Abschied - (Farewell) -  A poem that probably reflected Wolf's own feelings about his critics (while ignoring his own harsh criticism of others). How he would have enjoyed kicking his critics in the ass and watching them bounce down the stairs! The music is of shifting moods, from the curt notes of the critic to the racket of the critic bouncing down the stairs. The joy at seeing the critic roll down the steps is portrayed by the pianist playing a noisy Viennese waltz peppered with accented grace notes:

One evening, without knocking, in came a gentleman:
"I have the honor to be your critic!"
Immediately he took the light in his hand
and gazed long at my shadow on the wall.
He stepped close and then stepped back: "Now, my good young man,
kindly see how your nose looks from the side!
You must admit it is a nose and a half!"
Good gracious - so it is!
My word! I never imagined - my whole life long -
that such a huge world-sized nose was on my face!

The man said various other things about this and that,
but I honestly don't remember what;
perhaps he thought I had something to confess.
Finally he stood up and I lit his way out.
As we stood at the top of the stairs,
I cheerfully gave him
a small kick in the ass,
and by golly! What a jolting,
tumbling, and crashing!
I have never seen such a thing,
my whole life long,
a man that went so quickly down the stairs!

Wednesday, December 10, 2014

Chopin - Waltzes Opus 69

The Waltz as a form of dance had its origins in the Austrian/German Ländler, a folk dance that includes stomping, leaping and twirling about, although mention of gliding and twirling dances where dancers were described as walzen (German for turning or spinning) are mentioned as early as the 16th century in some texts.

Composers such as Beethoven and Schubert wrote waltzes, but these pieces were the equivalent of modern dance music. They were functional and meant to be danced to.  Carl Maria von Weber's Invitation To The Dance written for piano was the first instance of a waltz written to be listened to instead of danced to. Chopin helped refine the concert waltz and his first attempts in the form used Weber's as a model.

Chopin wrote at least 36 waltzes, but only 18 verified waltzes still exist. The others are either destroyed, held by private owners while the fate of others is unknown. Chopin had only eight waltzes published during his lifetime, and on his death bed he instructed his publisher to destroy all of his unpublished works, but this was not done.  Five waltzes were published shortly after his death and another five later.  The two waltzes of Opus 69 were published in 1854, 5 years after his death.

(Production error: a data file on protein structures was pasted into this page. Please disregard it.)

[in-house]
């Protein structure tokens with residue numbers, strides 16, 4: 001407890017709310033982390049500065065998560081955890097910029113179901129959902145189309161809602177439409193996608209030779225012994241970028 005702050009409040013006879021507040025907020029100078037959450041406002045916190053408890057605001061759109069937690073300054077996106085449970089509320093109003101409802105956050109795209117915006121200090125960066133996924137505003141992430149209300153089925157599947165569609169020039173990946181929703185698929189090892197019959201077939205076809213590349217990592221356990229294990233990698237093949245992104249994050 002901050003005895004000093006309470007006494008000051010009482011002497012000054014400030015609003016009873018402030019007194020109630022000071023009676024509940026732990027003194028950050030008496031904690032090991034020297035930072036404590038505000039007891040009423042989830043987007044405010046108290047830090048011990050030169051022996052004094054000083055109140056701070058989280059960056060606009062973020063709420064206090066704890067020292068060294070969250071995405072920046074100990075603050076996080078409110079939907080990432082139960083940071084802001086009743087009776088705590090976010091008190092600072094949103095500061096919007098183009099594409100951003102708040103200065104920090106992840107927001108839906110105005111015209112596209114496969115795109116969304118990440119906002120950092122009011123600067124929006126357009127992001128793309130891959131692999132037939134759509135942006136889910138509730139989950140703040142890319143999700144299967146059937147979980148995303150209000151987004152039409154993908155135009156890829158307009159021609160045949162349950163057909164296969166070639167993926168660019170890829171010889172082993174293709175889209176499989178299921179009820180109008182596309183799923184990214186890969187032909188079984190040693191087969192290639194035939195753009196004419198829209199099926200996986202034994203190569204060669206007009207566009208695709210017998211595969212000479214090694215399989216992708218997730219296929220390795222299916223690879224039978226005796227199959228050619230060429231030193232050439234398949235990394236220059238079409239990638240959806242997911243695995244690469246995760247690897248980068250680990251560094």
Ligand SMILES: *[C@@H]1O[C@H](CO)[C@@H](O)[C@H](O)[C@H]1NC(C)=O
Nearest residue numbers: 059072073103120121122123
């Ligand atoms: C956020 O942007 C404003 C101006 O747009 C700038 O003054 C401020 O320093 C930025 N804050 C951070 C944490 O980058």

Chopin painted by Maria Wodzińska
No. 1 In A-flat Major, Valse de l'adieu or Farewell Waltz - This waltz was written in 1835 during Chopin's early years in Paris and was given to Maria Wodzińska as a gift. Chopin had proposed to Maria (a talented artist and musician that studied with John Field) in 1835, and while her mother consented her father considered Chopin too sickly and their engagement ended in 1837.  Chopin's waltzes have been considered to be lesser compositions by some, and there are a few of the waltzes that can be considered trifles compared to other works. but taken as a whole, the waltzes reflect a wide range of moods from the giddy and extroverted to the melancholy and introverted. The A-flat Waltz of opus 69 is one of the introverted works of the set.  Despite being written in A major, a feeling of nostalgia (perhaps for his native Poland and the native Polish mazurka) can be heard in the main theme, no doubt because the minor mode is interwoven with the major to creates an ambiguity of sound that equates to the reverie of a mind dwelling on things past. The waltz ends gently with the main theme.

No. 2 In B Minor -  This waltz was written in 1829 before Chopin left Poland.  The main theme is in B minor that is more melancholy and restless than the previous waltz, partially on account of the chromaticism of the main theme. Once again Chopin mixes major and minor (or in this instance minor with major) as the first episode after the statement of the theme changes to B major, but the overall feeling doesn't change.  This piece is one of the least technically demanding waltzes, but that's no reason to dismiss it. Chopin was above everything else, a master of the piano miniature, with this waltz being a good example of his skill and artistry.

Friday, December 5, 2014

Orff - Carmina Burana, A Scenic Cantata

In addition to being a composer and conductor, Carl Orff was a leader in the development of musical education for young people. His Schulwerk integrated movement, singing, playing and improvising. Percussion instruments played a major role in the innovative ways he and others used in teaching children music as a basic language.